Non-smokers make up almost half of lung cancer patients in S'pore

It claims three lives a day in Singapore, but advancements in treatment options are contributing to improved survival rates

It may have been known as the disease of smokers, but there is now a higher proportion of non-smokers among lung cancer patients in Singapore. (Picture posed by models.) PHOTO: GETTY IMAGES

As the world continues to battle a Covid-19 resurgence, cancer care remains more important than ever. Patients with cancer often have to deal with multiple anxieties, and now with additional worry of Covid-19, face even more challenges to achieve positive treatment outcomes.

According to the Singapore Cancer Society, lung cancer is ranked as the second-most common type of cancer among men and the third-most common cancer in women in Singapore. Every day, three Singaporeans die from the disease. Worldwide, it is the most common cause of cancer mortality, being the top cause of cancer deaths in men and the second most common cause of cancer deaths in women.

Here are some facts about the disease that may surprise you.

Lung cancer is rarely diagnosed at an early stage

Lung cancer cells are formed through a series of mutations that may occur over months or years. As such, signs and symptoms usually present in the late stages of the disease.

There are two major types of lung cancer - non-small cell lung cancer (NSCLC), and small cell lung cancer (SCLC) - that differ in the size and shape of the cancer cells. The size and shape of the cancer cells spread at differing speeds - 85 to 90 per cent of lung cancers are NSCLC and spread more slowly as compared with SCLC.

Smokers are not the only ones at risk

It may have been known as the disease of smokers, but there is now a higher proportion of non-smokers among NSCLC patients in Singapore. A 2006 study by the National Cancer Centre Singapore (NCCS) found that 32 per cent of NSCLC patients were never-smokers. This number has increased to 48 per cent over 10 years, according to another study done by NCCS in 2018.

Never-smokers with lung cancer have a different biologic behaviour from smokers as the patients are generally younger, female, and have better survival outcomes. While tobacco smoking and its second-hand smoke in the environment are known causes of cancer, other causes such as outdoor and indoor air pollution are of concern today. A study by the International Agency for Research on Cancer found some evidence linking exposure to air pollution to an increased risk in developing lung cancer.

Lung cancer treatments
Even though the number of never-smokers with non-small cell lung cancer has increased over the past 10 years, the patients generally have better survival outcomes PHOTO: GETTY IMAGES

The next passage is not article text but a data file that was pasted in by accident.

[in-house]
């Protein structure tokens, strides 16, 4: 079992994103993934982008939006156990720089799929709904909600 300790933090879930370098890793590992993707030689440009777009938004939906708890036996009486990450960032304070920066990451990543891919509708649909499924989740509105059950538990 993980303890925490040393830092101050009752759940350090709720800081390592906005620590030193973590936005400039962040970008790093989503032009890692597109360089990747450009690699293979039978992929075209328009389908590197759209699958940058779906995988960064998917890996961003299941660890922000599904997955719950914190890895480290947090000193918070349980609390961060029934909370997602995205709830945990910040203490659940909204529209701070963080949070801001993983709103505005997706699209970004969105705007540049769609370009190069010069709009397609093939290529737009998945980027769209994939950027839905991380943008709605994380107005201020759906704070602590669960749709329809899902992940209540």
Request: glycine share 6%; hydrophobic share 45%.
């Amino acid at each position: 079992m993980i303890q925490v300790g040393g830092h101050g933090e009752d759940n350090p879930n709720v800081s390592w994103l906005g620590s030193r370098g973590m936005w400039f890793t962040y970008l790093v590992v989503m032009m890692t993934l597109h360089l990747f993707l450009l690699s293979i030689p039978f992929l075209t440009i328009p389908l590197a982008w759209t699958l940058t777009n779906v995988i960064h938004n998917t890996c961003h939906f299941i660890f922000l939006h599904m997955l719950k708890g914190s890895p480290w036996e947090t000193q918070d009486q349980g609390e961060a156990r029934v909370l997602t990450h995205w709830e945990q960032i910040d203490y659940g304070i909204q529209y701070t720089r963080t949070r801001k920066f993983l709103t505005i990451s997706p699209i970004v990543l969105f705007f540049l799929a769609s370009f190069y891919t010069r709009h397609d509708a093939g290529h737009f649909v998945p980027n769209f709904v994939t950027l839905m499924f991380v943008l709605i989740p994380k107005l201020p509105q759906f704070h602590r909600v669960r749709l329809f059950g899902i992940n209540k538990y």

There are treatment options besides chemotherapy and radiotherapy

Besides treatments like chemotherapy and radiotherapy, new targeted therapies are used in both early and late stages in some cases. The aim is to improve symptoms such as pain and cough, and control tumour growth for a longer period.

Another development is immunotherapy, a treatment that helps the body work smarter. Tumour cells can evade detection by the immune system through covering themselves in proteins called PD-L1, which can "deactivate" the active immune cells.

Immunotherapy drugs block these proteins on the tumour surfaces and "reactivate" the body's own immune system to better recognise cancerous tumours and attack them accordingly. Immunotherapy has been shown to increase survival rates in certain patients.

A recent study presented at the European Society for Medical Oncology Virtual Congress 2020 found that the five-year survival rate for patients with advanced NSCLC of a certain subtype was double that of patients treated with chemotherapy alone (31.9 per cent compared with 16.3 per cent).

It is probable to leverage MediShield Life to help people in advanced stages of diseases live longer while alleviating the caregiver's burden. This could involve assessing the cost to society and the impact of cancer on the patients' and caregivers' mental health, and potential loss of income from stopping work. Addressing this could potentially allow caregivers to return to work faster.

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This article is contributed by Dr Toh Chee Keong, a medical oncologist at Curie Oncology.

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